Dreading weekend laundry is a thing of the past for New Yorkers thanks to a recently unveiled flagship shop from fabric-care mavens The Laundress. Opening its doors in Manhattan’s Soho, the crisp-white shop sells the entire product line – from its signature detergent to ironing water – developed by founders Gwen Whiting and Lindsey Boyd. “We finally have the ability to represent our extensive product collection in full, showcased for the first time at a retail level,” says Whiting. “It’s like a candy store of clean,” adds Boyd. The shop’s Ask The Laundress counter is equipped with a demo station so that customers can learn laundering techniques from the best, including de-pilling, hand-washing techniques and tough stain removal.
British menswear maestro Drake’s is moving into a growing market: childrenswear. Launched in 1977, Drake’s has long prided itself on creating dapper staples for discerning gents and built a reputation on its commitment to provenance. In recent years it’s gone further and invested in factories around the UK: one on Haberdasher Street in east London and another in Somerset, where Drake’s smart button-down shirts are made. “It’s a huge help that we have our own factories and we think there’s a huge opportunity there,” says the company’s creative director Michael Hill. “We can be flexible, hands-on and create a product we believe in.” Controlling the manufacturing process has given Drake’s an advantage over companies that have sent their production abroad. As a first step into the childrenswear market this is a smart move.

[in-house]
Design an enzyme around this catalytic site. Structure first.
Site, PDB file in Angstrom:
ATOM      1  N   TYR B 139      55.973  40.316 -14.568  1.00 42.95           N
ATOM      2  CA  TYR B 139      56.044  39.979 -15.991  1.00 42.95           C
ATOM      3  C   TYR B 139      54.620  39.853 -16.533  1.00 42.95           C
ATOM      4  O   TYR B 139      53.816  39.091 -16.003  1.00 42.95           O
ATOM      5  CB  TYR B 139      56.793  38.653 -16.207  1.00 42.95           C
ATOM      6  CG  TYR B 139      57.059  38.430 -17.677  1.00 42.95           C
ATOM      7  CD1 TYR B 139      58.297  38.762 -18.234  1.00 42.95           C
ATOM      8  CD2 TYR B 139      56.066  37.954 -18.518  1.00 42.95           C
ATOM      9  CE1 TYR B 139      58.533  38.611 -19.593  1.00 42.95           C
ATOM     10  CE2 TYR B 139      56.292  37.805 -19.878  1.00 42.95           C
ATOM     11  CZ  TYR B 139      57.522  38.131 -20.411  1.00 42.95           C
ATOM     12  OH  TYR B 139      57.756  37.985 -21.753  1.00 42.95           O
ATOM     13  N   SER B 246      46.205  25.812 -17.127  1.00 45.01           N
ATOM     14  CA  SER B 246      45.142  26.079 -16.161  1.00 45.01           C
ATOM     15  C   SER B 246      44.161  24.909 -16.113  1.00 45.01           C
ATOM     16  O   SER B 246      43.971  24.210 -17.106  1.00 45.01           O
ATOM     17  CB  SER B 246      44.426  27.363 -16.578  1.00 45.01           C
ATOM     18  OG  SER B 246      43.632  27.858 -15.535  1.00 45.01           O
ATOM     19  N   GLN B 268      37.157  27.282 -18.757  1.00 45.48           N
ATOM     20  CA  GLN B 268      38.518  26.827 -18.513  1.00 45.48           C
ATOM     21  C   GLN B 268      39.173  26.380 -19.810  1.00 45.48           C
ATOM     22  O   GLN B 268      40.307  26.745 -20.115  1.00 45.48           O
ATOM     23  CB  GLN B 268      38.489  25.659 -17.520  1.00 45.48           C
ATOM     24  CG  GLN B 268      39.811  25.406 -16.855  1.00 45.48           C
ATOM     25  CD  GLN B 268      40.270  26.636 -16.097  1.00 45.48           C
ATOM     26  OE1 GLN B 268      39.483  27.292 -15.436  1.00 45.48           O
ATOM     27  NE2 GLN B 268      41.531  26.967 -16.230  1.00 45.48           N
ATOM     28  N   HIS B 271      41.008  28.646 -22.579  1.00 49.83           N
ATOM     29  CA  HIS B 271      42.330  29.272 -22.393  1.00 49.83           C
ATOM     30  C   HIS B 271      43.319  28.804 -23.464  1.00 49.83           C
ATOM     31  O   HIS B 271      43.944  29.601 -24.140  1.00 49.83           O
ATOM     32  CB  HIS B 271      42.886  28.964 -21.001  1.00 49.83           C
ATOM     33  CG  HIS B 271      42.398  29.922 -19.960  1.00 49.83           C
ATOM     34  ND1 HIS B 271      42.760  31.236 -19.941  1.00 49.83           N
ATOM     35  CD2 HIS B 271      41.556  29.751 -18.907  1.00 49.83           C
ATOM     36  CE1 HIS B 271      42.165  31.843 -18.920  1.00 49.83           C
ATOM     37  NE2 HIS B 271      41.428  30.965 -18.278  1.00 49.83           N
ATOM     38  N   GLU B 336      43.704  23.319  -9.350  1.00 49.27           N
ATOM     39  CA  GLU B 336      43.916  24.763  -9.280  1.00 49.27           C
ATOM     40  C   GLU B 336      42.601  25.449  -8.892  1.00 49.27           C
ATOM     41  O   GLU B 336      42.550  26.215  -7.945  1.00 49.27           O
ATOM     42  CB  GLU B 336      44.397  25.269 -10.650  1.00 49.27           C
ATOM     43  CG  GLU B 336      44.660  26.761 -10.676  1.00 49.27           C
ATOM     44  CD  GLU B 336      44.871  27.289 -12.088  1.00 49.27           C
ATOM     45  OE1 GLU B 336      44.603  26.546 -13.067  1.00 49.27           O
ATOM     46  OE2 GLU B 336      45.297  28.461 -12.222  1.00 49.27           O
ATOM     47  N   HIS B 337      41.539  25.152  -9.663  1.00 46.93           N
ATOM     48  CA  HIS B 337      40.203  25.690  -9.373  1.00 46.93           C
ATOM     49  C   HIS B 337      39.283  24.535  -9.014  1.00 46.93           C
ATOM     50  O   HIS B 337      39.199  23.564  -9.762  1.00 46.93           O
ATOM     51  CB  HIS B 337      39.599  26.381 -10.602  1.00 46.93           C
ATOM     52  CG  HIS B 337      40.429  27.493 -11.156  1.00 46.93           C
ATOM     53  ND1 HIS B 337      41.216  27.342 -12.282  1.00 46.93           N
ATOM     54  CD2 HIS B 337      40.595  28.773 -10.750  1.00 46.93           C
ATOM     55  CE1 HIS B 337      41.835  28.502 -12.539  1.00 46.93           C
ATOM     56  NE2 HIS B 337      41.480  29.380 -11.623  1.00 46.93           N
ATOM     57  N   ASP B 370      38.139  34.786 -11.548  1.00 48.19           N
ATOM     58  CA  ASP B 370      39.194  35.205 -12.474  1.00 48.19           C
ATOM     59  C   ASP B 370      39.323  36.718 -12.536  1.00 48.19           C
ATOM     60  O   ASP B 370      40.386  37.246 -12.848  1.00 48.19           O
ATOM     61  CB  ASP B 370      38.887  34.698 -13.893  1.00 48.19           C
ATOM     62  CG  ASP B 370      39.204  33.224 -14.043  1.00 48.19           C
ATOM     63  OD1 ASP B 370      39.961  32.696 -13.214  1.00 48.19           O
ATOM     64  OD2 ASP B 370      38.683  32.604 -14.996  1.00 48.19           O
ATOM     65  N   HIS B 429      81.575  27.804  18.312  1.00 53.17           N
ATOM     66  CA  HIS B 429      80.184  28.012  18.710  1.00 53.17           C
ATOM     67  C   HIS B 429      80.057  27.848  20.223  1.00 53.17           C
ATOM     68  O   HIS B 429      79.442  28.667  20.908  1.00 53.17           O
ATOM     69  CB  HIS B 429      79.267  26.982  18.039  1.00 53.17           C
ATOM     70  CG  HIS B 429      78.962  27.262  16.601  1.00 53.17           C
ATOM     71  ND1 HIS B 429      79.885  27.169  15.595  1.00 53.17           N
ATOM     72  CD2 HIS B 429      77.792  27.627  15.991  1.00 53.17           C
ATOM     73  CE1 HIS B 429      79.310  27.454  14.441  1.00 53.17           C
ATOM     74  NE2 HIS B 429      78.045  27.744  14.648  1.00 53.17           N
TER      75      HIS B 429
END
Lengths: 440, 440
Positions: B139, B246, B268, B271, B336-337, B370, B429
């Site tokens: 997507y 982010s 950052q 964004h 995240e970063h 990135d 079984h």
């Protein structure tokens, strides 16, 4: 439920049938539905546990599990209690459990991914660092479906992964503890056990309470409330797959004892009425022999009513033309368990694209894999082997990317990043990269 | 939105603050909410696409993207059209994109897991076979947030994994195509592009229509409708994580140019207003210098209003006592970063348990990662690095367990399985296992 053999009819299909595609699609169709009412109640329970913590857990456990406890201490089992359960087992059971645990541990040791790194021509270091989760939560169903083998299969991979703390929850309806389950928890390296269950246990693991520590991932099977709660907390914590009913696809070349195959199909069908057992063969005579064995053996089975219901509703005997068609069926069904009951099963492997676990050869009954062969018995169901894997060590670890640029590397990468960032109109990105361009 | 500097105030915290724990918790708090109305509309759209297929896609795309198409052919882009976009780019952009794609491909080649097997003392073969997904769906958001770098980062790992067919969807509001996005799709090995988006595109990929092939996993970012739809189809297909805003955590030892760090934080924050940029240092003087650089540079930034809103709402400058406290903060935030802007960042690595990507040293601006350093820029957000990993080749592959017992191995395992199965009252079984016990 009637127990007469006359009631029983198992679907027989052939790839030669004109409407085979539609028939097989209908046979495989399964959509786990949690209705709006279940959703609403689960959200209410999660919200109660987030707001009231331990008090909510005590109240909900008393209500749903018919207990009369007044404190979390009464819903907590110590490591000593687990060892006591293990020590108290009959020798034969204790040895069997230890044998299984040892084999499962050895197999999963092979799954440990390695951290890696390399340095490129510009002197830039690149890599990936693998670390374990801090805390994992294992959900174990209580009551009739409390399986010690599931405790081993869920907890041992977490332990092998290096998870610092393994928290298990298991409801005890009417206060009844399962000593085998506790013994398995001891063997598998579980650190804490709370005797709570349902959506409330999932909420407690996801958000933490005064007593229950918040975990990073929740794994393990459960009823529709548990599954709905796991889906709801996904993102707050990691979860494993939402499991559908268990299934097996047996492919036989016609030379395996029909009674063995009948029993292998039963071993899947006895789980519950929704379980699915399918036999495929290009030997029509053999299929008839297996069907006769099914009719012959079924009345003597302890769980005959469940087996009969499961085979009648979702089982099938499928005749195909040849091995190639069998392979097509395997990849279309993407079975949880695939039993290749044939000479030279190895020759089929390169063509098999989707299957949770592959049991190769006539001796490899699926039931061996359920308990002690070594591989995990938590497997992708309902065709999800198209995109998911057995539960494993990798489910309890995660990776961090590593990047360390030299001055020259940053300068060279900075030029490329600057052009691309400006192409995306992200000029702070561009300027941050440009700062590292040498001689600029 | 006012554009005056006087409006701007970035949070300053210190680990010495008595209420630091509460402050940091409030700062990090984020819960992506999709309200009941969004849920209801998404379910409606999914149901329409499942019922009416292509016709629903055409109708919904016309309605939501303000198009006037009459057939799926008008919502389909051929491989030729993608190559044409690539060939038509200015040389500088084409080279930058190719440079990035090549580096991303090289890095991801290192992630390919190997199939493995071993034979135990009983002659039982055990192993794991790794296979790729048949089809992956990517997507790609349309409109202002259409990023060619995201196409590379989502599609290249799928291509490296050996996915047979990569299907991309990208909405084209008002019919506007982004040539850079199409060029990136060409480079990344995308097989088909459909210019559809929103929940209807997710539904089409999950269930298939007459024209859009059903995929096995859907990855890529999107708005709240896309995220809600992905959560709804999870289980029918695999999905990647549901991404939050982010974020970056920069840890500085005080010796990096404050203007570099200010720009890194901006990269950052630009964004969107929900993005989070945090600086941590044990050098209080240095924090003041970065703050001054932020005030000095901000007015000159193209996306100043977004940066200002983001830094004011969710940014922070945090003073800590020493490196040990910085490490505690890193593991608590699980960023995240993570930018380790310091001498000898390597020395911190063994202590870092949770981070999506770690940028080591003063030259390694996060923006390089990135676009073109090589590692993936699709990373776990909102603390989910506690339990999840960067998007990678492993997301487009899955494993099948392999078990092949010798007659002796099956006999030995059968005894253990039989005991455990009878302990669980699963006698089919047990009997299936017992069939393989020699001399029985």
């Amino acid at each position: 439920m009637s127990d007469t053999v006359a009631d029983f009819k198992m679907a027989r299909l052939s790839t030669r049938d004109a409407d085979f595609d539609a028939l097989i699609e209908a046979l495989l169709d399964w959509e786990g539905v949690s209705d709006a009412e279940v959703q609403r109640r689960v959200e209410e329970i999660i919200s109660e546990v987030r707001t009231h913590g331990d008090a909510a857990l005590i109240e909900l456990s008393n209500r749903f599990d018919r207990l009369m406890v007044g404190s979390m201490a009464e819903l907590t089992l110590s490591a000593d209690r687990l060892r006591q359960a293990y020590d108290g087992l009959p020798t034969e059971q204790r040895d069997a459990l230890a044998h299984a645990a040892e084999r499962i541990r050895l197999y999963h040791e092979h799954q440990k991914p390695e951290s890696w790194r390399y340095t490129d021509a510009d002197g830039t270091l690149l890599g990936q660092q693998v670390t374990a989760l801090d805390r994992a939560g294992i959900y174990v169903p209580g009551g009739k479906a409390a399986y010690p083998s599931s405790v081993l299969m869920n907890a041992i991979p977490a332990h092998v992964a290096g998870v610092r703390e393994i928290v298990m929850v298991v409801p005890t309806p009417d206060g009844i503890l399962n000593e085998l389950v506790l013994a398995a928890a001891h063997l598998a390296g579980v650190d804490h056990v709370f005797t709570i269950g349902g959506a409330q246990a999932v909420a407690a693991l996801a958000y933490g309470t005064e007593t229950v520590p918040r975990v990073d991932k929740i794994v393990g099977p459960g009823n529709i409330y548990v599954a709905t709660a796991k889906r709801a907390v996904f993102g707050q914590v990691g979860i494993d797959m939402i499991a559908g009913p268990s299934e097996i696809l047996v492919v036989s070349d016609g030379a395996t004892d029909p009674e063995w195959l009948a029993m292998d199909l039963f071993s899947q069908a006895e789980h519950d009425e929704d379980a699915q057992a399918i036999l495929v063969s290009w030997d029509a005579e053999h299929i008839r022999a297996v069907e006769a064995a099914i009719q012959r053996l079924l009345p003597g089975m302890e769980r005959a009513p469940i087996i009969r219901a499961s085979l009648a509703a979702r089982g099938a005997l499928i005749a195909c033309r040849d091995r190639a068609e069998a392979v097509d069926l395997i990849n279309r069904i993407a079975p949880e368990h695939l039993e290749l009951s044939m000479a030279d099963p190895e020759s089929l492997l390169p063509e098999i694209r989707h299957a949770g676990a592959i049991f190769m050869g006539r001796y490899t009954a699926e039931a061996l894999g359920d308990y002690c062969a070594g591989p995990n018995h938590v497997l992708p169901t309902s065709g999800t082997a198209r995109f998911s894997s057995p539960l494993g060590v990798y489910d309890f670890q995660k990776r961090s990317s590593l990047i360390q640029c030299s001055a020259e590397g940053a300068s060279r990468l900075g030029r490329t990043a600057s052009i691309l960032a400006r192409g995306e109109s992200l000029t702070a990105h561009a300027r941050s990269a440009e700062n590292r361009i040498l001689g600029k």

British artist Jeremy Deller launches a new season this week at London’s Bertha DocHouse, Curzon Bloomsbury. The nattily titled DocHosts invites luminaries to discuss documentaries by presenting a factual film followed by a talk and Q&A. Deller’s choice is Message to Love, Murray Lerner’s epoch-defining film about the inaugural Isle of Wight Festival in 1970 that promised much, delivered some – including legendary sets from Jimi Hendrix and Leonard Cohen – and then collapsed into mayhem. All good filmic stuff. Deller’s work is often interested in collective memory and his questions to Lerner after the wig-out should be well worth the ticket alone.
The Singapore International Film Festival (SGIFF) is a rare opportunity for the city-state cinephiles to catch boundary-pushing independent features and shorts on the big screen. The SGIFF has launched the careers of the best homegrown film-makers, including the godfather of Singapore cinema Eric Khoo. On 1 December he’s premiering In The Room, a film that is set within the confines of a hotel room and tells the stories of guests who have spent the night there over the decades. The festival – on until 6 December – may be the only chance for Singaporeans to see it, as the censors want to snip out the more risqué scenes. Khoo is having none of it: “It’s ridiculous, you can join the military at 18, be armed with live rounds and die for your country but you can’t watch a film – I’d rather not show it at all here than have it cut.”
With hi-tech production at the heart of its business, Slovenian brand Elan has carved a reputation at the forefront of ski design. Monocle films headed to the mountains to visit its factory and learn about its past, present and future.
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